DRAYTON, N.D. — Answers and resolution are hard to come by for a rural North Dakota community crushed by two tragic deaths and a criminal case that never played out.

Matthew Hilton is the man at the center of it all, charged with the accidental death of his girlfriend May 22, 2019. Three months later, he would be found dead as well after taking his own life. Now, the Hilton family is speaking out, saying they believe both Matthew Hilton and his girlfriend, Kammi Leland, would be alive today if law enforcement had handled the situation differently.

Fateful night in May

On May 22, 2019, Matthew Hilton made three phone calls to the Pembina County Sheriff's Office in less than one hour to inform deputies that cars were harassing him at his rural home on 79th Street near Drayton, N.D., doing "donuts and burnouts" in his yard. After those three calls, he took matters into his own hands.

"He had my grandma's old rifle in his left hand up in the air, and he was leaning over the road saying 'Slow down, slow down' with his right arm," said Janelle Hilton, Matthew's sister, who is relaying his side of the story.

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According to the report, the two people in the approaching car told authorities when they saw the gun, they got scared, ducked down and swerved. When they did so, they accidentally struck Kammi Leland, who was standing by the side of the road.

"He (Hilton) found her in the ditch," said Janelle Hilton. "He called 911 ... and he said 'I need an ambulance, my girlfriend's been hit.' And she was still alive because she squeezed his hand," said Hilton. Leland died from her injuries.

The North Dakota Highway Patrol handled the case, and Hilton was charged with felony terrorizing and manslaughter. The driver of the car was not charged.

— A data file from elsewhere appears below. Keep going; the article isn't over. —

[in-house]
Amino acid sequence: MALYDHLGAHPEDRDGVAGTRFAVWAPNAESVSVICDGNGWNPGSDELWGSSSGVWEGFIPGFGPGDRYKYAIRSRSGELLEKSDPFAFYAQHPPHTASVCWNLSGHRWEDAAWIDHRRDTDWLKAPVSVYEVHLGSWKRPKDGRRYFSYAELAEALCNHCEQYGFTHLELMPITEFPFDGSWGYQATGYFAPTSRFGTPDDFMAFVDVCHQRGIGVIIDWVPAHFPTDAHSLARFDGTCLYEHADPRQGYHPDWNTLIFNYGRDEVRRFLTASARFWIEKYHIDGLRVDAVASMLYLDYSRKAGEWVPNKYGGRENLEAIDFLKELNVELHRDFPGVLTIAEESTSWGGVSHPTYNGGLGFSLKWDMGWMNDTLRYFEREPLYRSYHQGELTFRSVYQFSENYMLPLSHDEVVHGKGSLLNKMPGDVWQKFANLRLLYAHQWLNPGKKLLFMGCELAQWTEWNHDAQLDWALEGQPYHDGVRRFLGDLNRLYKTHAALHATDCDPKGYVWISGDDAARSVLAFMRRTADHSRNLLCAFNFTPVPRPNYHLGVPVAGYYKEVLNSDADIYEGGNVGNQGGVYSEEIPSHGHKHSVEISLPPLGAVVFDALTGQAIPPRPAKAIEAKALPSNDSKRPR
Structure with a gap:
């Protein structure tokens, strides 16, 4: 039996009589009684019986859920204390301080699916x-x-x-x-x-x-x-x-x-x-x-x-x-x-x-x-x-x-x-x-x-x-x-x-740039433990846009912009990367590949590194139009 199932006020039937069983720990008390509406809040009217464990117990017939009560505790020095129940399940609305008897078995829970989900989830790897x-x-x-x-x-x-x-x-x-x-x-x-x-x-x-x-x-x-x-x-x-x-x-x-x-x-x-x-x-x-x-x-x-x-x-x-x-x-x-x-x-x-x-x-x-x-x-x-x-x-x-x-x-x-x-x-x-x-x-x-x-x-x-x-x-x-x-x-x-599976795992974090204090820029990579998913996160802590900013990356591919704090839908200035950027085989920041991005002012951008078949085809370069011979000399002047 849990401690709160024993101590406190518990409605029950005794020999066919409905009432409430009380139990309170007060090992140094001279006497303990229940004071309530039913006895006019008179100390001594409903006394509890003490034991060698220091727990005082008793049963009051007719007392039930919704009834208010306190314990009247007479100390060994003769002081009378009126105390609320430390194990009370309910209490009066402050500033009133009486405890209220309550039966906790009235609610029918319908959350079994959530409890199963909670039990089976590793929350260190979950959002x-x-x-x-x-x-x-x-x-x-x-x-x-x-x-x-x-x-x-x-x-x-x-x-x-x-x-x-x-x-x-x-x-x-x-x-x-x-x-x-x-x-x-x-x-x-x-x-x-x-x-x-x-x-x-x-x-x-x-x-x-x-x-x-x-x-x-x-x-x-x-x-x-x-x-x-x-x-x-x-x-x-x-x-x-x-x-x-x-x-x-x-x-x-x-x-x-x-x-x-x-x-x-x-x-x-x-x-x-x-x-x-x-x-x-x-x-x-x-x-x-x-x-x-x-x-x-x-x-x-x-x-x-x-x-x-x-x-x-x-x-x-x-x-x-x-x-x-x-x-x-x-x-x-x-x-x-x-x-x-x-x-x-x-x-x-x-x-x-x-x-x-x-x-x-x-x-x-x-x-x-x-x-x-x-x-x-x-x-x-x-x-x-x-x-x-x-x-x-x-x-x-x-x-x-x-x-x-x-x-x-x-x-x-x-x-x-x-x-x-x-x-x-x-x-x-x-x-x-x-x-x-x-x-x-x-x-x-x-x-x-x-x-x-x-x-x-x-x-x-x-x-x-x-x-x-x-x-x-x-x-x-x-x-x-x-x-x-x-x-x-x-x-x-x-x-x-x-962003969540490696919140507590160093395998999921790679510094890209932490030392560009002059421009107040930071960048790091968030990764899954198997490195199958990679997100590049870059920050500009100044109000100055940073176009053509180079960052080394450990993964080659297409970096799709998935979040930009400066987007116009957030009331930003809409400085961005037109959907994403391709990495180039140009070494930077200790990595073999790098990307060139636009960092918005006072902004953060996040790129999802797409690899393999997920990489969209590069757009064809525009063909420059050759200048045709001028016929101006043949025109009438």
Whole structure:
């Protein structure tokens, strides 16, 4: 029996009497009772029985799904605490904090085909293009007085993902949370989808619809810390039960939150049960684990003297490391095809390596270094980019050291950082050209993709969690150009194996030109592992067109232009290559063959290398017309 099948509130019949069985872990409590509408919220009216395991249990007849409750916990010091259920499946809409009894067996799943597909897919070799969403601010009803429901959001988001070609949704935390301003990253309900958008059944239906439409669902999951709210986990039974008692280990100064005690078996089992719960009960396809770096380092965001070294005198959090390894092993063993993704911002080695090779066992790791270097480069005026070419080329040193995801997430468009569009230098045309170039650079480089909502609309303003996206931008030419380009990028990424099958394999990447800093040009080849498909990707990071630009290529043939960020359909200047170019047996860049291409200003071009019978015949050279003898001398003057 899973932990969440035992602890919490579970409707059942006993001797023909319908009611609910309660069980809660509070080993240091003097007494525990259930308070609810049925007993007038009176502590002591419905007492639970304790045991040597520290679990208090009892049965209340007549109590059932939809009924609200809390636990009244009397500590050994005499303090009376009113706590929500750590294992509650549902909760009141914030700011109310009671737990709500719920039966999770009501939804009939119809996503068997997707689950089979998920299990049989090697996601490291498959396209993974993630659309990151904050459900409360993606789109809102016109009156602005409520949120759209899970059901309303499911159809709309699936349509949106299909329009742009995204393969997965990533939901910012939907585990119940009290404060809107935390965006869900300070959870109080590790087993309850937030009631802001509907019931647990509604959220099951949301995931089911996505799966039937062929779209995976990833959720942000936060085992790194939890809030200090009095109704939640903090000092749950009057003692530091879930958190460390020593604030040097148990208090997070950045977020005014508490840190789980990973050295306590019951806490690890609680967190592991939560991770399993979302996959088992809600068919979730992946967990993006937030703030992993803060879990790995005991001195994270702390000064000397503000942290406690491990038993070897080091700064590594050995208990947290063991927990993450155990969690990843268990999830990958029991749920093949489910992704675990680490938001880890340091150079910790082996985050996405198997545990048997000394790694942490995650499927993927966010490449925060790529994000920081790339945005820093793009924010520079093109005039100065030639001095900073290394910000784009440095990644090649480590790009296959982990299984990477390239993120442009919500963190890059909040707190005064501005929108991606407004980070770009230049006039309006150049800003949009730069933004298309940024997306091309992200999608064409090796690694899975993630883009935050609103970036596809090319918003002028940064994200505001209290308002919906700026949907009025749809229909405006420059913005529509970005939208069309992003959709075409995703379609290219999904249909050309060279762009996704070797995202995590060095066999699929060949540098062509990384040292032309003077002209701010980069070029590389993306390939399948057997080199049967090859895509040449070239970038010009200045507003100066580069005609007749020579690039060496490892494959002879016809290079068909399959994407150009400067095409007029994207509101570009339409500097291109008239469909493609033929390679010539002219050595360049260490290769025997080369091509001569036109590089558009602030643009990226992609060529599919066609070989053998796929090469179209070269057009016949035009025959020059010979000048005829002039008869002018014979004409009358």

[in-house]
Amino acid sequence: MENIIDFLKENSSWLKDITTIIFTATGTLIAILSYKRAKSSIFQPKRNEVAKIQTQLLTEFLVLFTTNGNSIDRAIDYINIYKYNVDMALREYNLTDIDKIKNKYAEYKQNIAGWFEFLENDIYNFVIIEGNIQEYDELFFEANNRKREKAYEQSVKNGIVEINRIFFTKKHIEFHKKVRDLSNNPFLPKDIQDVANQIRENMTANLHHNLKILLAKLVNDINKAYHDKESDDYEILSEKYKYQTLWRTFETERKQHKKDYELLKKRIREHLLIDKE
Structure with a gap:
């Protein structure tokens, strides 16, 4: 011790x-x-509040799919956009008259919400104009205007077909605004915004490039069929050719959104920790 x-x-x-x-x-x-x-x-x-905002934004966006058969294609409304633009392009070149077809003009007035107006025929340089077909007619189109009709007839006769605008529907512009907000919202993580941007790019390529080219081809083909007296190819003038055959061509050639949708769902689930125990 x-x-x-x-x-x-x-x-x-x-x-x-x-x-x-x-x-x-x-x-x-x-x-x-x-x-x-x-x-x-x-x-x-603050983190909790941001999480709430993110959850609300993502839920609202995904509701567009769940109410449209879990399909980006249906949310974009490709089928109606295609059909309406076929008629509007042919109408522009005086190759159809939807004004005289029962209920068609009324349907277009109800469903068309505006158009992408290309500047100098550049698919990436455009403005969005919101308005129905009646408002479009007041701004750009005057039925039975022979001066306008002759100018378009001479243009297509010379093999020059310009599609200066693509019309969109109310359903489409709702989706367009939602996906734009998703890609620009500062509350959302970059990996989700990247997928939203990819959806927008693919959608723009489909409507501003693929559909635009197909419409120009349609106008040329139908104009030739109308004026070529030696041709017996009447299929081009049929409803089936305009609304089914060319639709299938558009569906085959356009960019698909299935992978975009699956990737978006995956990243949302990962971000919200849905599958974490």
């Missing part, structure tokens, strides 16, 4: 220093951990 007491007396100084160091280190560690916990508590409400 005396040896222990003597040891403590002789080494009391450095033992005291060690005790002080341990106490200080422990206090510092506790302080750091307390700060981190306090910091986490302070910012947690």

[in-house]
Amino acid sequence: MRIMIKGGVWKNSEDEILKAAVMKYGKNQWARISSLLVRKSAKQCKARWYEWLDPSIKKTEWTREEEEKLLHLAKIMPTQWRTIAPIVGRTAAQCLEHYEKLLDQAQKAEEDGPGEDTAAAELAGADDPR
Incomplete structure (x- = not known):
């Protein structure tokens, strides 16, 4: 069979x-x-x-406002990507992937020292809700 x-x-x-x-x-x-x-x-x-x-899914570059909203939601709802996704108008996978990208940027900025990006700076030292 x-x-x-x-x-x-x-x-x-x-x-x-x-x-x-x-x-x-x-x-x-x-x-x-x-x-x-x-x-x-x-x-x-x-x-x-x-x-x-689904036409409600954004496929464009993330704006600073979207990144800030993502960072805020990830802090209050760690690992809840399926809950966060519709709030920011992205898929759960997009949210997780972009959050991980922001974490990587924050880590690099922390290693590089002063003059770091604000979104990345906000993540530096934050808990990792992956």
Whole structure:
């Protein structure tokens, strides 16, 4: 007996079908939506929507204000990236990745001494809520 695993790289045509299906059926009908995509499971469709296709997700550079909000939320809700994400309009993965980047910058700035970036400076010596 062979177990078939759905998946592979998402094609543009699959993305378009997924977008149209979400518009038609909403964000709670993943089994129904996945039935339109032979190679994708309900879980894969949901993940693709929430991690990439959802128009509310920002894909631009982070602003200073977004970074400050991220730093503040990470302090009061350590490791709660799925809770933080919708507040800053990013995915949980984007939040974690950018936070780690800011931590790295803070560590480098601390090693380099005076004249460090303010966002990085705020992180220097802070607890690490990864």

"He was traumatized, he was in shock and just heartbroken," said Hilton, who says her brother not only lost the love of his life, but he was blamed for it. That pain and trauma proved to be too much, and Hilton took his own life. He was found Monday morning, Aug. 19, in his mother's house in Drayton.

Hilton 911 call audio:

The road passing Matthew Hilton's home near Drayton, where in May his girlfriend Kammi Leland was fatally struck by a car after police say he brandished a rifle at the driver and passenger. Hilton had made numerous calls to dispatchers about people in vehicles harassing him on his property before the accident. WDAY photo
The road passing Matthew Hilton's home near Drayton, where in May his girlfriend Kammi Leland was fatally struck by a car after police say he brandished a rifle at the driver and passenger. Hilton had made numerous calls to dispatchers about people in vehicles harassing him on his property before the accident. WDAY photo


Picking up the pieces

"Sis bear, I know you tried so hard to get me through this tough time in my life, and I thank you with all my heart," read Janelle Hilton, going through notes that her brother left her. The notes, pictures and poems are all she has left of him.

"He was a very sensitive loving brother ... always there for me, always stuck up for me," she said. "If he saw somebody sad or hurting, he would sit down with them and ask them, 'How can I help you, tell me your story', or 'Let me take your hand.' And that was the type of guy he was ... He could make anyone happier with his sense of humor and his genuine care."

Matthew Hilton's family and friends say he died feeling like people thought he was a monster, but they want the world to remember him for who he was.